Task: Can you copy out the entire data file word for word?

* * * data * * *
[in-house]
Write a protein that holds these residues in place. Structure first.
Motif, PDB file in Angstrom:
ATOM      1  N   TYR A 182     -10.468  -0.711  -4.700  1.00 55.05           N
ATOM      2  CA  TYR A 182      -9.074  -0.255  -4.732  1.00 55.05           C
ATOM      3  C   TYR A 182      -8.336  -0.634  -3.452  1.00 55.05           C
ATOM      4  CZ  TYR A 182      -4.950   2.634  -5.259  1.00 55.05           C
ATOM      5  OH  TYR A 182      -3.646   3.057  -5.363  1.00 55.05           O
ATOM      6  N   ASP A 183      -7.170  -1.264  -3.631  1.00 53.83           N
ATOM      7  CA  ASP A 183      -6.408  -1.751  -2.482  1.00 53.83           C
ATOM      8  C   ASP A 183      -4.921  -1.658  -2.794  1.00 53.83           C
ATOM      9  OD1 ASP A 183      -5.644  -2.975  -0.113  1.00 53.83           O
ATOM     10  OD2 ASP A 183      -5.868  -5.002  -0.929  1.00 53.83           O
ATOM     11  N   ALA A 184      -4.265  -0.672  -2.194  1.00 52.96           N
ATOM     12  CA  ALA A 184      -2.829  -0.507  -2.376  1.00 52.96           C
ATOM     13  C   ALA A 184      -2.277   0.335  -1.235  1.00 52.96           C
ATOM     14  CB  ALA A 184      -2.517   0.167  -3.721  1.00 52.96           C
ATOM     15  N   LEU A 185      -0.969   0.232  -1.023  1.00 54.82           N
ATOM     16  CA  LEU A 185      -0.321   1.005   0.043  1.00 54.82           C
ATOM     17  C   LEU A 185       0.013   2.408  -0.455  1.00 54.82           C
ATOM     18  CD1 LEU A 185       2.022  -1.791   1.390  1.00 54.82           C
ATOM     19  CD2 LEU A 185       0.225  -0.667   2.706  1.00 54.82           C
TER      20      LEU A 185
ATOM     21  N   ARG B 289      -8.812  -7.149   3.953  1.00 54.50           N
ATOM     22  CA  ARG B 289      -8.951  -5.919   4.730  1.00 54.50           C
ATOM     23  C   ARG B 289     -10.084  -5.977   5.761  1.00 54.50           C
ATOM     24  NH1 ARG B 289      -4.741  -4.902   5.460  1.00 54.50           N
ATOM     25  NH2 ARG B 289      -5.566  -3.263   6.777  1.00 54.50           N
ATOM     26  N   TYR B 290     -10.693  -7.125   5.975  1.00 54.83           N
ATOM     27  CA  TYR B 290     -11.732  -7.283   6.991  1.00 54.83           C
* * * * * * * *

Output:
[in-house]
Write a protein that holds these residues in place. Structure first.
Motif, PDB file in Angstrom:
ATOM      1  N   TYR A 182     -10.468  -0.711  -4.700  1.00 55.05           N
ATOM      2  CA  TYR A 182      -9.074  -0.255  -4.732  1.00 55.05           C
ATOM      3  C   TYR A 182      -8.336  -0.634  -3.452  1.00 55.05           C
ATOM      4  CZ  TYR A 182      -4.950   2.634  -5.259  1.00 55.05           C
ATOM      5  OH  TYR A 182      -3.646   3.057  -5.363  1.00 55.05           O
ATOM      6  N   ASP A 183      -7.170  -1.264  -3.631  1.00 53.83           N
ATOM      7  CA  ASP A 183      -6.408  -1.751  -2.482  1.00 53.83           C
ATOM      8  C   ASP A 183      -4.921  -1.658  -2.794  1.00 53.83           C
ATOM      9  OD1 ASP A 183      -5.644  -2.975  -0.113  1.00 53.83           O
ATOM     10  OD2 ASP A 183      -5.868  -5.002  -0.929  1.00 53.83           O
ATOM     11  N   ALA A 184      -4.265  -0.672  -2.194  1.00 52.96           N
ATOM     12  CA  ALA A 184      -2.829  -0.507  -2.376  1.00 52.96           C
ATOM     13  C   ALA A 184      -2.277   0.335  -1.235  1.00 52.96           C
ATOM     14  CB  ALA A 184      -2.517   0.167  -3.721  1.00 52.96           C
ATOM     15  N   LEU A 185      -0.969   0.232  -1.023  1.00 54.82           N
ATOM     16  CA  LEU A 185      -0.321   1.005   0.043  1.00 54.82           C
ATOM     17  C   LEU A 185       0.013   2.408  -0.455  1.00 54.82           C
ATOM     18  CD1 LEU A 185       2.022  -1.791   1.390  1.00 54.82           C
ATOM     19  CD2 LEU A 185       0.225  -0.667   2.706  1.00 54.82           C
TER      20      LEU A 185
ATOM     21  N   ARG B 289      -8.812  -7.149   3.953  1.00 54.50           N
ATOM     22  CA  ARG B 289      -8.951  -5.919   4.730  1.00 54.50           C
ATOM     23  C   ARG B 289     -10.084  -5.977   5.761  1.00 54.50           C
ATOM     24  NH1 ARG B 289      -4.741  -4.902   5.460  1.00 54.50           N
ATOM     25  NH2 ARG B 289      -5.566  -3.263   6.777  1.00 54.50           N
ATOM     26  N   TYR B 290     -10.693  -7.125   5.975  1.00 54.83           N
ATOM     27  CA  TYR B 290     -11.732  -7.283   6.991  1.00 54.83           C